August 04, 2016 at 3:30 PM
A slide in one of our training programs used to list prolonged exposure (PE) as “the gold standard” of trauma therapies, but then we took out the “g.” For two reasons. One is that eye movement desensitization and reprocessing (EMDR) has now surpassed PE, in acceptability to clients as well as efficiency (Greenwald et al, 2016). The other is that the gold standard trauma therapy should be useful with real clients, and it’s not clear that PE is.
The so-called gold standard trauma therapies were established on the basis of randomized controlled trials, with EMDR, and other cognitive-behavioral therapy variants such as cognitive processing therapy (CPT) leading the pack. Both PE and CPT have now been implemented on a large scale in the field, mainly in settings that treat veterans and active military service members. Lisa Najavits recently published a review of those gold-standard therapies for PTSD as implemented in real-world settings (Najavits, 2015). The focus on real-world settings is important, because the dropout rates reported in controlled studies of trauma therapy might not apply to typical practice settings.
Najavits found that – depending on the study – only 2% - 28% of participants in real-world treatment settings completed their PE or CPT. This horrifically low completion rate means that most people who go for PE or CPT don’t actually get the help they need. As PE and CPT are apparently not generally acceptable to clients and/or therapists, they should not be considered gold standard treatments. Because what’s the point of calling something a gold standard treatment if it cannot be used?
Whereas EMDR has a lower dropout rate than PE in controlled comparison studies (Greenwald et al), EMDR has not yet been studied in large-scale implementations in real-world settings. Such studies would be of great interest, especially since PE and CPT have not come through.
It does take some effort, but it’s not very difficult to track treatment retention and outcomes in real-world settings. We have been doing this in our own clinic, within our grant-funded Intensive Trauma-Focused Therapy for Victims of Crime program. We assess our clients’ presenting problems as well as their post-traumatic stress and related symptoms, at pre-treatment, two weeks post-treatment, and 12 weeks post-treatment. All four of our therapists in this program are trained in EMDR and/or progressive counting (PC), as well as our intensive therapy model. Prospective clients are screened in based on their eligibility: living in the catchment area, and having experienced a qualifying event. Prospective clients are screened out if they do not qualify, or if their treatment is likely to take too long (due to the constraints of our grant funding). However, our clientele still includes many people with problematic attachment, complex PTSD, and other serious problems. We do not focus only on the index event; rather, we typically treat the client's entire trauma/loss history.
In the program’s first year, of the 55 clients who commenced treatment, four dropped out, 13 were still in progress (e.g., additional scheduled day/s yet to be completed), and 38 completed treatment. Completers averaged 30.1 hours of treatment, or just under four and a half days. Here are the results of the latest-completed post-treatment evaluations:
- Problem Rating Scale, a client rating of their three primary presenting problems, on a 0-10 range with higher numbers representing more severe problems. The mean scores from pre-treatment to post-treatment went from 7 to 2.2.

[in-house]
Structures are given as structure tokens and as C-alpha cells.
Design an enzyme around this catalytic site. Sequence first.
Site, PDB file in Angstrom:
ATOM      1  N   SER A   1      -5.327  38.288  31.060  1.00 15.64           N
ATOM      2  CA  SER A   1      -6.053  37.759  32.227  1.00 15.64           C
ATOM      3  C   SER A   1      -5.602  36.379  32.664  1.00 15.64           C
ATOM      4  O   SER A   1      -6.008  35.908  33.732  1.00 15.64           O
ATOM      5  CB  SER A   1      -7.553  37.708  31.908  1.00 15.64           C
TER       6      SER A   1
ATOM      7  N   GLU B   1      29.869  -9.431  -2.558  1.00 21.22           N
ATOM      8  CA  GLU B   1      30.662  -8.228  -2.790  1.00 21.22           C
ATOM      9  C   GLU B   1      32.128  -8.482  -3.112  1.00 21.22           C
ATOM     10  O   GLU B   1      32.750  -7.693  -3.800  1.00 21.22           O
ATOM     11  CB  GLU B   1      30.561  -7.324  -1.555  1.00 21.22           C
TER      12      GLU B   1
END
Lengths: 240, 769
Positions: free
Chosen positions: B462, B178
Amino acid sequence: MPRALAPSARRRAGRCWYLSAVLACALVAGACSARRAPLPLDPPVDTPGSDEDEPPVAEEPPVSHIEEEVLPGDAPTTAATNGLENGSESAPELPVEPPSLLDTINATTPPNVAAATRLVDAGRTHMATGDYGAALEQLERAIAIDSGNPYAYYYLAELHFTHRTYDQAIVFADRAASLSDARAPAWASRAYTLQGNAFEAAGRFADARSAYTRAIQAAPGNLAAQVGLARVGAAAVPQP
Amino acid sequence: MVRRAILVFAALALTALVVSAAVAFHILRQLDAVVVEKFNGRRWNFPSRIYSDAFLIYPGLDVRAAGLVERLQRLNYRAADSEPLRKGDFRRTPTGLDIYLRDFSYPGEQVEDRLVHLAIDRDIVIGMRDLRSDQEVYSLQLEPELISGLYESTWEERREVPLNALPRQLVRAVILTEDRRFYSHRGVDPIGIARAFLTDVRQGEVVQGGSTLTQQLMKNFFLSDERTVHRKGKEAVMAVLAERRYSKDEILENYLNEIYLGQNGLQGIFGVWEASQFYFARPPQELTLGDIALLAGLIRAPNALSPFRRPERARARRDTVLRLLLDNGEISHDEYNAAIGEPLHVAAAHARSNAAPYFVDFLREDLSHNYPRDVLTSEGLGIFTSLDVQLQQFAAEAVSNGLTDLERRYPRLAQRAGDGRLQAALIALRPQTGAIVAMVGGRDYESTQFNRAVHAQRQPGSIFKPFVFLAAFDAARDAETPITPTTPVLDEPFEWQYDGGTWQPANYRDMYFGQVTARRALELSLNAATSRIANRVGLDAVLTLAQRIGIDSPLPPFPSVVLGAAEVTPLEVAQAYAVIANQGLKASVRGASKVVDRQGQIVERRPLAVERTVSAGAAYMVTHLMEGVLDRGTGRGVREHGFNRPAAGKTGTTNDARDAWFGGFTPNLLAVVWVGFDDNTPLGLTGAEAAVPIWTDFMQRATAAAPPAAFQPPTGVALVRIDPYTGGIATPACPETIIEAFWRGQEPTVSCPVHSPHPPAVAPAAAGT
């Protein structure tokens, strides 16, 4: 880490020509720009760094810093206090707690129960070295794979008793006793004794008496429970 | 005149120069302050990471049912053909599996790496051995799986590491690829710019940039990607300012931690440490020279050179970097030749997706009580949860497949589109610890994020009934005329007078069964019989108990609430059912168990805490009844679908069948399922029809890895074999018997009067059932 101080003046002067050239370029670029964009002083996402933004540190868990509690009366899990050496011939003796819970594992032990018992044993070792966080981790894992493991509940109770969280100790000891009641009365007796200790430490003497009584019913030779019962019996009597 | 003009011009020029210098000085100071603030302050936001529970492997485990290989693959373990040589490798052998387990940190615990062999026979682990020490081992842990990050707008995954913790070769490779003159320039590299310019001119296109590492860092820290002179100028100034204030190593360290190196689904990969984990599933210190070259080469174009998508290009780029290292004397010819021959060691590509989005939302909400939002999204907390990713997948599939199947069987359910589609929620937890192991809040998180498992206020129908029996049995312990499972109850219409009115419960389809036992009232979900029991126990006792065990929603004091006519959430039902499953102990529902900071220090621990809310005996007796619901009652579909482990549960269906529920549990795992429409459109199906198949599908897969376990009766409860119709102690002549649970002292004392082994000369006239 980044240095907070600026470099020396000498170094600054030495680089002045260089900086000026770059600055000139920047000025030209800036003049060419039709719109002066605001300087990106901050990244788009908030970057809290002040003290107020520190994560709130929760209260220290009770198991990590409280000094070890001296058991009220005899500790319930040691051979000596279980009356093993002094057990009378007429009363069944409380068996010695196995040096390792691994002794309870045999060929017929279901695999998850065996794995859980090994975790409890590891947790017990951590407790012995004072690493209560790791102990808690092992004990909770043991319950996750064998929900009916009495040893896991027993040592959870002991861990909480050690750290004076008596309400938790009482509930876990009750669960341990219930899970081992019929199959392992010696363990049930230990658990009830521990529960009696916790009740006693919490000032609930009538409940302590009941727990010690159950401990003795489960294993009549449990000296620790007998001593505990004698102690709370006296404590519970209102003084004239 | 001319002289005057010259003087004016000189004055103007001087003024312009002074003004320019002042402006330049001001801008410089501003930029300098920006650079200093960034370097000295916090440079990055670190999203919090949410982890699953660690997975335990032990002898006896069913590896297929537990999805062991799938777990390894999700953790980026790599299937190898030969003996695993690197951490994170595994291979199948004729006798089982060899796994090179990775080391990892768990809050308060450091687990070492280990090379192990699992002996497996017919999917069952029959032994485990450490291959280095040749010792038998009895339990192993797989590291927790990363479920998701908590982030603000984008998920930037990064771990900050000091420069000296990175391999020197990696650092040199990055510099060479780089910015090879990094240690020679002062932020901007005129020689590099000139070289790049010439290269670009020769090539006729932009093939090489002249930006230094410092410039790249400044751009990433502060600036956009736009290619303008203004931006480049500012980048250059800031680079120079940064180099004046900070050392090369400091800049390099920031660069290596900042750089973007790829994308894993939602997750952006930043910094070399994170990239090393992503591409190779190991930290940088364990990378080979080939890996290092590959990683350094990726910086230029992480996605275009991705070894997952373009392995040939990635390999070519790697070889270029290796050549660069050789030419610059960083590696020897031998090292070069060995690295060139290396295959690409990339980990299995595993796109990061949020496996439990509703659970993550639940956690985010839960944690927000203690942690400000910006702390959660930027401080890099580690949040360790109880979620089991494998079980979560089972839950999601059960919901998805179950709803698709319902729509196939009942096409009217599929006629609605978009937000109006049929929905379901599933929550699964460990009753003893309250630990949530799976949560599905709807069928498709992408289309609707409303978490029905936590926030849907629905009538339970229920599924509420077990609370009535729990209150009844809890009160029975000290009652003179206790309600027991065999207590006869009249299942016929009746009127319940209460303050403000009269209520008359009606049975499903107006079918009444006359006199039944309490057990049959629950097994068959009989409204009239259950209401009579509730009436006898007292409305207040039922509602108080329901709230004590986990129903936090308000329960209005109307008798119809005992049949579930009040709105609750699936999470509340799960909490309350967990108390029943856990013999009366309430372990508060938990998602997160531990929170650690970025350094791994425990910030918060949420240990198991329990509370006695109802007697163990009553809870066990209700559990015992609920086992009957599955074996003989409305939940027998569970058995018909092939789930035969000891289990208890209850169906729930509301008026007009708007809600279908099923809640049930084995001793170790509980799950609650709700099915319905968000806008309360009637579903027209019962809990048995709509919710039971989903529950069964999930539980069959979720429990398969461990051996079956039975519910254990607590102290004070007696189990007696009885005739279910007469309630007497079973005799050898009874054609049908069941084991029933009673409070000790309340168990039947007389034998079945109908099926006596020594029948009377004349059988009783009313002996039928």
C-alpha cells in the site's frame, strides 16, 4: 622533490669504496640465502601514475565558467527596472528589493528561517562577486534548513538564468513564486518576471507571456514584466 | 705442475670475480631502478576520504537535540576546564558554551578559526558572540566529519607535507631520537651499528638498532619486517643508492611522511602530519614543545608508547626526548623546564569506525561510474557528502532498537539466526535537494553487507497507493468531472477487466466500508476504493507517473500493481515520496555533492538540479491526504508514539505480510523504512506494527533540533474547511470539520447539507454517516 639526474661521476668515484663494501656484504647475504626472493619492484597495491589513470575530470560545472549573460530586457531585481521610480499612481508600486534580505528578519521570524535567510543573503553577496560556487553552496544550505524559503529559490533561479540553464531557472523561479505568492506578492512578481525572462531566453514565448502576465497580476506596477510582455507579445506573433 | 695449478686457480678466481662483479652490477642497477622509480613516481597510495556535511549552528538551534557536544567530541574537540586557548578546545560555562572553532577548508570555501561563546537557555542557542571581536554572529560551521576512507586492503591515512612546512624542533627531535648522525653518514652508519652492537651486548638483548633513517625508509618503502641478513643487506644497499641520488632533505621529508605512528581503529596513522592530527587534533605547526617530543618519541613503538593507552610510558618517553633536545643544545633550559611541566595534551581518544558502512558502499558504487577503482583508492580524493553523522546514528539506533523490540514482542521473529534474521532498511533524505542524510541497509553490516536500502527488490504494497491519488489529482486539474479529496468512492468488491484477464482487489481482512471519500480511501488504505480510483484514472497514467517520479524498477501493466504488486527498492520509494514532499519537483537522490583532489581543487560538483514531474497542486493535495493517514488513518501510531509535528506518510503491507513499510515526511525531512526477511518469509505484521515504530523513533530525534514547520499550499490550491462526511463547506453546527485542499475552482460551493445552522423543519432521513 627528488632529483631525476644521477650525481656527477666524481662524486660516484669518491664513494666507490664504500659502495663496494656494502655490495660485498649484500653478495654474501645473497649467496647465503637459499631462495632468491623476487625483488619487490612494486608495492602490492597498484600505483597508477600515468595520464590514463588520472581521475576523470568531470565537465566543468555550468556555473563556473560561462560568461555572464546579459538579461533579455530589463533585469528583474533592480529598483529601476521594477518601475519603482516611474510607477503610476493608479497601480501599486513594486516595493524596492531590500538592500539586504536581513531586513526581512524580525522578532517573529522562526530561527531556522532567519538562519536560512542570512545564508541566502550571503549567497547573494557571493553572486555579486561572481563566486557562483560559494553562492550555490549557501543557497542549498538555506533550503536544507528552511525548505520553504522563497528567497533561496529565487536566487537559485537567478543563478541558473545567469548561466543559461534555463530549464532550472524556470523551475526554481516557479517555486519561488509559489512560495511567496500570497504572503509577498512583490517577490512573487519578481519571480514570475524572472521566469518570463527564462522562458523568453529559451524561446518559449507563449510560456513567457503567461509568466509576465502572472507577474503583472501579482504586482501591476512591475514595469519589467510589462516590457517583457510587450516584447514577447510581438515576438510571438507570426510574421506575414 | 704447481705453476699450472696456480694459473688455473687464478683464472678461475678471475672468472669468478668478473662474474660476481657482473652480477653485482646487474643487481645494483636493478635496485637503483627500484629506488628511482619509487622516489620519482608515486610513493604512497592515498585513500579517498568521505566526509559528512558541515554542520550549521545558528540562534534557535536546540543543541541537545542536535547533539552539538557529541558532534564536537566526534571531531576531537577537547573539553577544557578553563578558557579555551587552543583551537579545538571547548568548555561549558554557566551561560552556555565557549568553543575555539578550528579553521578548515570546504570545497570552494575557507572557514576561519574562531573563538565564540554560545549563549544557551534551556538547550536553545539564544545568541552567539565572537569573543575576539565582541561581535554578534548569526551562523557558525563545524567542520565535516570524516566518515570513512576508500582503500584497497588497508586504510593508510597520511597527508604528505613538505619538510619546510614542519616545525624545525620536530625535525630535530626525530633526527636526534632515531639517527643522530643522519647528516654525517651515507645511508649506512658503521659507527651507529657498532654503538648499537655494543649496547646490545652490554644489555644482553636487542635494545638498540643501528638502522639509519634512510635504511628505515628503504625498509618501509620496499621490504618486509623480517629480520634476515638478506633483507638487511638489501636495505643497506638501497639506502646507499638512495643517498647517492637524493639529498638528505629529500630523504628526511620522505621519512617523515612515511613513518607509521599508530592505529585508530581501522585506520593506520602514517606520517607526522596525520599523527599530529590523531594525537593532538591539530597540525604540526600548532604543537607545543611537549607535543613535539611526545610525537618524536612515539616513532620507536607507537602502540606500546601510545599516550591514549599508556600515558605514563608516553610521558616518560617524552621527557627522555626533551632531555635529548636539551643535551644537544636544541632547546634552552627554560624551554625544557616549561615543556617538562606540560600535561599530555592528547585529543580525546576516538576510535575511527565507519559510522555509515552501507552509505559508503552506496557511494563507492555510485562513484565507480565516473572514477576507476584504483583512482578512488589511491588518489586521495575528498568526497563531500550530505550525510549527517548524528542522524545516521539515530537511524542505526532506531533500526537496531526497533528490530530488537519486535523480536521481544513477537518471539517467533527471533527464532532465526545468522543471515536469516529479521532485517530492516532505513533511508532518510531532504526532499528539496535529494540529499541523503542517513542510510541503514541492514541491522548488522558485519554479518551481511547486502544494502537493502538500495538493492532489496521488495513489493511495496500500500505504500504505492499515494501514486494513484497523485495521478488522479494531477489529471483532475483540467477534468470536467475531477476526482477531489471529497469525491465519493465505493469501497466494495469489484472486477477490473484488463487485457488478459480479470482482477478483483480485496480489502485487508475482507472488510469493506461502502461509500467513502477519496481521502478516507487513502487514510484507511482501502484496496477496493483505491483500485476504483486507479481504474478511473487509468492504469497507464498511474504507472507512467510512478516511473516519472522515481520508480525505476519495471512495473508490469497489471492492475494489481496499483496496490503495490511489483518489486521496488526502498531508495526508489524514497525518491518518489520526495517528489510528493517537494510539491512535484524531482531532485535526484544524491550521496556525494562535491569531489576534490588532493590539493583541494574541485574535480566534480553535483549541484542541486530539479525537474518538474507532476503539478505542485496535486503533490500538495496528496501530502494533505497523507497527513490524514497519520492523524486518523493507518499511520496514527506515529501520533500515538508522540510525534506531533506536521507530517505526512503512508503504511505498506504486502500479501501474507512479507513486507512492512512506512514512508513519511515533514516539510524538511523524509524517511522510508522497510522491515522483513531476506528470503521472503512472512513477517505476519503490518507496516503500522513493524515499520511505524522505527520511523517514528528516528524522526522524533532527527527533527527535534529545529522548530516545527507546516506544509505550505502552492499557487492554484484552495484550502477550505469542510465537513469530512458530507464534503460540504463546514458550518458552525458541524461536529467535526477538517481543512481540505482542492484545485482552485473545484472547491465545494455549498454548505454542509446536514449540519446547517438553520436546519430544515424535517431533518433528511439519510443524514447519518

- Trauma Symptom Inventory, numerous subscales for PTSD, anger, anxiety, dissociation, etc. The mean number of symptom scales in the clinical (pathological) range pre-treatment to post-treatment went from 9.8 to 1.7, with over half the clients having no remaining scales in the clinical range.
- Stability & Ability Scale, 1-5 range with higher numbers representing more severe problems. The mean scores from pre-treatment to post-treatment went from 3.1 to 1.5.
- Client Satisfaction Scale, 8-32 range with higher numbers representing greater client satisfaction. The mean score at posttreatment was 31.2.
In sum, we utilized manualized research-supported trauma therapies, we retained most of our clients, and those who did complete treatment got a lot better.
These results are not of sufficient quality to be reported in a peer-reviewed publication. Some participants did not complete their post-treatment assessments (though their outcomes, as per their communications with their therapists, were also excellent). We modified some of the assessment strategies along the way. Etc. Hopefully by the second year we'll be more consistent in our evaluation process.
The point is that – as Najavits has suggested – a trauma therapy should not earn the gold standard designation until it has been found to be efficacious in randomized clinical trials, and been found to be effective, as well as acceptable to clients and therapists, in real world settings. If PE and CPT, as presently practiced, can’t do the job, they should be improved. And perhaps EMDR, PC, and/or other treatments will ultimately prove to truly merit the gold standard designation.
Greenwald, R., McClintock, S. D., Hall, S. L., Verbeck, E. G., Lamphear, M. L., Seibel, S., Doss, J., Halvorsen, L., & Gray, A. K. (2016). A meta-analytic comparison of EMDR to other trauma treatments: Effectiveness, efficiency, and acceptability to clients. Manuscript in preparation.
Najavits, L. M. (2015). The problem of dropout from “gold standard” PTSD therapies. F1000Prime Reports, 7, 43. DOI: 10.12703/P7-43
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You might want to add this link to your References: The Najavits article can be downloaded from http://www.ncbi.nlm.nih.gov/pmc/articles/PMC4447050/, in a variety of formats. You have to love the National Library of Medicine!